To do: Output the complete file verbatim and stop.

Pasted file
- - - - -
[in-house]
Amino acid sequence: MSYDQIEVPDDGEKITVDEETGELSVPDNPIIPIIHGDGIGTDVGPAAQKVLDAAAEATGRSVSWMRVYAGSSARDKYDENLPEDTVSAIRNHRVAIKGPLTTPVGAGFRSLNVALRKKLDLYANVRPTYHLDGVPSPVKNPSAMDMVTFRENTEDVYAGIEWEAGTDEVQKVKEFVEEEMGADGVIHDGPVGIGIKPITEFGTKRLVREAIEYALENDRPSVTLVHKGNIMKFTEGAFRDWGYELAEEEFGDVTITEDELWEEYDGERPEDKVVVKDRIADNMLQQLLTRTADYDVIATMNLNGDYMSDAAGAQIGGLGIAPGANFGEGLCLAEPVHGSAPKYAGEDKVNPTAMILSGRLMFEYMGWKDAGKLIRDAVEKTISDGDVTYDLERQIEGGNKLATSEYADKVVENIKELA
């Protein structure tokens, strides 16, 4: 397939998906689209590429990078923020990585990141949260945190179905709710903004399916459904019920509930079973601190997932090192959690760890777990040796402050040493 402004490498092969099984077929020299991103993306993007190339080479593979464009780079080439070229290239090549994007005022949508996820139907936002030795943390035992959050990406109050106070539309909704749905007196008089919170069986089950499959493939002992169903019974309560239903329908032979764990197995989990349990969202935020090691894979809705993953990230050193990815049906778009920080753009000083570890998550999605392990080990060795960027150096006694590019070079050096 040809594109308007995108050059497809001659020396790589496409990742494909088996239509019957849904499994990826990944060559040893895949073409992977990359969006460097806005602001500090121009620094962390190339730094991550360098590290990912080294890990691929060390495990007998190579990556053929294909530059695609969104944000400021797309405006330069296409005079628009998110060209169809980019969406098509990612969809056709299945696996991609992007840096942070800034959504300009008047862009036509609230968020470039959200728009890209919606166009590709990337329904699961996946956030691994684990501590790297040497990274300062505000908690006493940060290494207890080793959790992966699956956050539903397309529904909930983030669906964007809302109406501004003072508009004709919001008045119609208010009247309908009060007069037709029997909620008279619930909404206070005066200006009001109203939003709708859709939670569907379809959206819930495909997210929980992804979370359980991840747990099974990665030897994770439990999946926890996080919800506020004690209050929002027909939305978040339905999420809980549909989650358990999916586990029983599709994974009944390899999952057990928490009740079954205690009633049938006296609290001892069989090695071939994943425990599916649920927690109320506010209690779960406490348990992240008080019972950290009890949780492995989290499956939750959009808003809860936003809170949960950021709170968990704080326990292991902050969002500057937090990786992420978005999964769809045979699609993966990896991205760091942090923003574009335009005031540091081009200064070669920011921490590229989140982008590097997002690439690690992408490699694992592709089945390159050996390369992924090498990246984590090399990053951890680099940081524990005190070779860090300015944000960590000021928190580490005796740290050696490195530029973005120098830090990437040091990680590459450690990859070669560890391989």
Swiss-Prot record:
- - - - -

[in-house]
Amino acid sequence: MSYDQIEVPDDGEKITVDEETGELSVPDNPIIPIIHGDGIGTDVGPAAQKVLDAAAEATGRSVSWMRVYAGSSARDKYDENLPEDTVSAIRNHRVAIKGPLTTPVGAGFRSLNVALRKKLDLYANVRPTYHLDGVPSPVKNPSAMDMVTFRENTEDVYAGIEWEAGTDEVQKVKEFVEEEMGADGVIHDGPVGIGIKPITEFGTKRLVREAIEYALENDRPSVTLVHKGNIMKFTEGAFRDWGYELAEEEFGDVTITEDELWEEYDGERPEDKVVVKDRIADNMLQQLLTRTADYDVIATMNLNGDYMSDAAGAQIGGLGIAPGANFGEGLCLAEPVHGSAPKYAGEDKVNPTAMILSGRLMFEYMGWKDAGKLIRDAVEKTISDGDVTYDLERQIEGGNKLATSEYADKVVENIKELA
């Protein structure tokens, strides 16, 4: 397939998906689209590429990078923020990585990141949260945190179905709710903004399916459904019920509930079973601190997932090192959690760890777990040796402050040493 402004490498092969099984077929020299991103993306993007190339080479593979464009780079080439070229290239090549994007005022949508996820139907936002030795943390035992959050990406109050106070539309909704749905007196008089919170069986089950499959493939002992169903019974309560239903329908032979764990197995989990349990969202935020090691894979809705993953990230050193990815049906778009920080753009000083570890998550999605392990080990060795960027150096006694590019070079050096 040809594109308007995108050059497809001659020396790589496409990742494909088996239509019957849904499994990826990944060559040893895949073409992977990359969006460097806005602001500090121009620094962390190339730094991550360098590290990912080294890990691929060390495990007998190579990556053929294909530059695609969104944000400021797309405006330069296409005079628009998110060209169809980019969406098509990612969809056709299945696996991609992007840096942070800034959504300009008047862009036509609230968020470039959200728009890209919606166009590709990337329904699961996946956030691994684990501590790297040497990274300062505000908690006493940060290494207890080793959790992966699956956050539903397309529904909930983030669906964007809302109406501004003072508009004709919001008045119609208010009247309908009060007069037709029997909620008279619930909404206070005066200006009001109203939003709708859709939670569907379809959206819930495909997210929980992804979370359980991840747990099974990665030897994770439990999946926890996080919800506020004690209050929002027909939305978040339905999420809980549909989650358990999916586990029983599709994974009944390899999952057990928490009740079954205690009633049938006296609290001892069989090695071939994943425990599916649920927690109320506010209690779960406490348990992240008080019972950290009890949780492995989290499956939750959009808003809860936003809170949960950021709170968990704080326990292991902050969002500057937090990786992420978005999964769809045979699609993966990896991205760091942090923003574009335009005031540091081009200064070669920011921490590229989140982008590097997002690439690690992408490699694992592709089945390159050996390369992924090498990246984590090399990053951890680099940081524990005190070779860090300015944000960590000021928190580490005796740290050696490195530029973005120098830090990437040091990680590459450690990859070669560890391989």
Swiss-Prot record: